“The concertmaster (from the German Konzertmeister) is the second-most significant person in an orchestra. The concertmaster becomes a spokesman, explaining the new conductor’s instructions to the rest of the players.”
~New York Times
I have been playing in the Bangkok Charity Orchestra (BCO) for a few years now. BCO is the first orchestra to be committed to raising funds for charities in Thailand. It is established with the aims to support well respected charities as well as to promote classical music while being a platform for aspiring musicians to perform to a high standard.
I started with this orchestra when I still had no concept of an orchestra worked. I would sit right at the back of the second violins, hiding as far from the crowd’s eye as possible, playing as soft as a humming bird flaps its wings. I didn’t want anyone to hear me because I was scared I was going to play a wrong note. I would try to keep an eye on my conductor, Maestro Chulayuth Lochotinan, but that was just a bit too much to ask for as I could barely keep up with the music itself.
But that was back in 2010.
In October 2013, I got a call from the conductor of the orchestra. He had a strange request for me. He wanted me to be the concertmaster for the upcoming concert. I was shocked and confused. He told me the resident concertmaster cannot make the show this time so he asked me to fill in this position. I was very scared at first but it had always been my dream to lead an orchestra. So I took the challenge.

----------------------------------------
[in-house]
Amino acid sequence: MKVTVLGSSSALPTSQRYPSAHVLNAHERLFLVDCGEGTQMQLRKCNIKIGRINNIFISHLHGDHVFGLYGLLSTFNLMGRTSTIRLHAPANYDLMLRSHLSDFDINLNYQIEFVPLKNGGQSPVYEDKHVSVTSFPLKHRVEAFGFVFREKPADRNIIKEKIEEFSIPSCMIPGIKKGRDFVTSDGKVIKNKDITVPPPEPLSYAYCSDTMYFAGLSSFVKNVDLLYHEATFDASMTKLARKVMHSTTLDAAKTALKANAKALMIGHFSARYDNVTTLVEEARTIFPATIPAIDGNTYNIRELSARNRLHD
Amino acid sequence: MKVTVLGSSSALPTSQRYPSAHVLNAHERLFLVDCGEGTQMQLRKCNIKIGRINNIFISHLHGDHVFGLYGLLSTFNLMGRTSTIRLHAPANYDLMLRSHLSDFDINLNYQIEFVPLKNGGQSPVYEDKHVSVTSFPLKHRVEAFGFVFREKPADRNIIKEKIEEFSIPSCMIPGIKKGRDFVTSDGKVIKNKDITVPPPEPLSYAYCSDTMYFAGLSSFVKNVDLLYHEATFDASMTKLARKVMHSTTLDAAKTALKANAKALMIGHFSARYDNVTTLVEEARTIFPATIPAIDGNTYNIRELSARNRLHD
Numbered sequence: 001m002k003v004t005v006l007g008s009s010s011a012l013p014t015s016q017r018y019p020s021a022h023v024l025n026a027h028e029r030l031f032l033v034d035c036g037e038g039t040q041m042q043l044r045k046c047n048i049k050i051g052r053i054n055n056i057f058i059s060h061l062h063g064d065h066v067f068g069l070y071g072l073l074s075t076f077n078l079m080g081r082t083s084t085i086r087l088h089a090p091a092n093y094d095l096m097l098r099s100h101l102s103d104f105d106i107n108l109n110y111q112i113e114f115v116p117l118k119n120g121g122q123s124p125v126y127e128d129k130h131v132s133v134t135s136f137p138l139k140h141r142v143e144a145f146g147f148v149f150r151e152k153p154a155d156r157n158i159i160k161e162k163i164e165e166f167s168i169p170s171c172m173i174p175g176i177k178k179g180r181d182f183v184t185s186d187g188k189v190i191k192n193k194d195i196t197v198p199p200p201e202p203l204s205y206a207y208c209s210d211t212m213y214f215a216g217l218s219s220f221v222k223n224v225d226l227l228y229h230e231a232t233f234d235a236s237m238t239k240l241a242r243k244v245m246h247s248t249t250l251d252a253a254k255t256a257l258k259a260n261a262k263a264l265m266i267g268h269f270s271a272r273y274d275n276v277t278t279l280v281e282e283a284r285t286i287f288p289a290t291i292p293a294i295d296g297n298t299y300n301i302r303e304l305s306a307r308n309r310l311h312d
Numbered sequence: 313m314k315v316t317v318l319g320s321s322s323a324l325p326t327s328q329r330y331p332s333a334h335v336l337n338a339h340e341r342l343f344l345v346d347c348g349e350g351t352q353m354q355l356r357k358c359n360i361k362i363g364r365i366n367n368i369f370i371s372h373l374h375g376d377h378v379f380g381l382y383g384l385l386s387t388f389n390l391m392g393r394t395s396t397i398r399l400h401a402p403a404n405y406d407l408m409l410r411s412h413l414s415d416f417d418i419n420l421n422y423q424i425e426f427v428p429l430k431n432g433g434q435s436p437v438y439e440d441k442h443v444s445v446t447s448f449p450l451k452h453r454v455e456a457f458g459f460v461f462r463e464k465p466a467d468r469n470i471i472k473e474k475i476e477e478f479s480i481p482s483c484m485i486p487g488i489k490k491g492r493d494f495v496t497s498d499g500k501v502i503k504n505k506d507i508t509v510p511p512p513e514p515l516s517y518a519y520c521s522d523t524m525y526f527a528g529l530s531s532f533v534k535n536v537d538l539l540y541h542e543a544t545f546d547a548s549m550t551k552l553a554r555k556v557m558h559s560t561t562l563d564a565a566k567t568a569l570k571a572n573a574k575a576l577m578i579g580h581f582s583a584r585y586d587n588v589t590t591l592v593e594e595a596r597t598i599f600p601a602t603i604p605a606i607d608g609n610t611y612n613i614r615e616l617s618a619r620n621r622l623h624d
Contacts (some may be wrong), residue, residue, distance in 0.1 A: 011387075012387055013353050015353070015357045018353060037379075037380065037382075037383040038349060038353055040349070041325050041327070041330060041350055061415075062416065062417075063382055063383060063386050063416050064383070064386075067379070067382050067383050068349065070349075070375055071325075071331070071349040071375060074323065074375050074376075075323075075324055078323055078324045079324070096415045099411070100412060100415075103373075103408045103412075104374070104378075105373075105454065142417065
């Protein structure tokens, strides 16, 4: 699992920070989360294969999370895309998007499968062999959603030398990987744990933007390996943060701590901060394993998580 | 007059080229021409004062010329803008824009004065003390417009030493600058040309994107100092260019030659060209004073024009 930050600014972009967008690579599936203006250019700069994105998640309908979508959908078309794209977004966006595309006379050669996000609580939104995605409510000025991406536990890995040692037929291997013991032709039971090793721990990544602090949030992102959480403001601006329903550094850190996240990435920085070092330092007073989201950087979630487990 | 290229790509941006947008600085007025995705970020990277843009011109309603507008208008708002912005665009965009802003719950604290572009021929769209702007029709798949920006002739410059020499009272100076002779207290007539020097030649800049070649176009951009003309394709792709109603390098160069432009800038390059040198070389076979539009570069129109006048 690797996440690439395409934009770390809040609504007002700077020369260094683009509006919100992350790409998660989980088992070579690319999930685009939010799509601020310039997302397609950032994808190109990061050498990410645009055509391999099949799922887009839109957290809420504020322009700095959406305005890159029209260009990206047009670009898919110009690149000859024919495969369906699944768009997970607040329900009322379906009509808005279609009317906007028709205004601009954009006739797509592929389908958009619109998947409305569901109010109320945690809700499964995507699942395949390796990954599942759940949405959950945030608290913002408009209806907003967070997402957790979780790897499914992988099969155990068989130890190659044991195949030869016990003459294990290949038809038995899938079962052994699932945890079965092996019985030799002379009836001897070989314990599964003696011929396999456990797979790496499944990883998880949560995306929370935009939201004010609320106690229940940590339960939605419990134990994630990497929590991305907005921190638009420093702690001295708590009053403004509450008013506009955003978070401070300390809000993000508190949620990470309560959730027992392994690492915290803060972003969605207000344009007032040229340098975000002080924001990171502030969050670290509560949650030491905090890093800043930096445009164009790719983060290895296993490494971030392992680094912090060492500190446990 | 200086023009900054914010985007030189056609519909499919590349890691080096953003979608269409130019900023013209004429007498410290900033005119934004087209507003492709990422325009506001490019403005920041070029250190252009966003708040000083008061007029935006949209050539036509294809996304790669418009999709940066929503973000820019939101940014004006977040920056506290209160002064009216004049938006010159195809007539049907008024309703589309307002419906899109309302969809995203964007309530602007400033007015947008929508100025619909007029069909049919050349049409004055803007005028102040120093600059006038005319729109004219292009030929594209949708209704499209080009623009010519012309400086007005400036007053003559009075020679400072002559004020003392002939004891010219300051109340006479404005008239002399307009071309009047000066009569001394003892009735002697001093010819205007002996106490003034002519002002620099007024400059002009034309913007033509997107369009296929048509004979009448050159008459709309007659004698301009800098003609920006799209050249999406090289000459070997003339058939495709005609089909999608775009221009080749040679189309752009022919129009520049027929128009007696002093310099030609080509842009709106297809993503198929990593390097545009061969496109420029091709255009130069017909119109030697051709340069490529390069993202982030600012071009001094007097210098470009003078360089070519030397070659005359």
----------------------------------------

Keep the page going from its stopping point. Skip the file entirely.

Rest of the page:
Being a concertmaster comes with a lot of responsibility. A concertmaster is like the leader of the musicians in the orchestra. As quoted before, the concertmaster is the second most powerful person. Not only is the concertmaster the leader of the orchestra, s/he is also the leader of the strings section and the 1st violins. That is a great amount of tasks for a single person to do and I was going to step up and fill this spot.
I told my violin teacher about being the concertmaster and she was very excited for me. As the concertmaster of the Bangkok Symphony Orchestra, she gave me some good advice on how to be a good concertmaster. She said that first of all, I needed to be confident, both inside and outside. At rehearsals I must sit in the hot seat and make my presence known to everyone. This way, people would know that I am a confident person and that would make them less nervous. She also said that I must help decide the bowing of the string section. Even though there are just two types of bowing, up bow pr down bow, and two ways of connecting it, having the right bowing can make a big difference during the concert. Changing the bowing direction means changing the articulation of the music. Changing the articulation can cause a change in mood. The bowings must be discussed with the conductor to see if he actually agrees with the feeling he is trying to express through the music. The last piece of advice, which happened to be the most important one, was to learn my part well. I had to be the lead of my group, so if everyone else failed, I had to continue to play no matter what happened.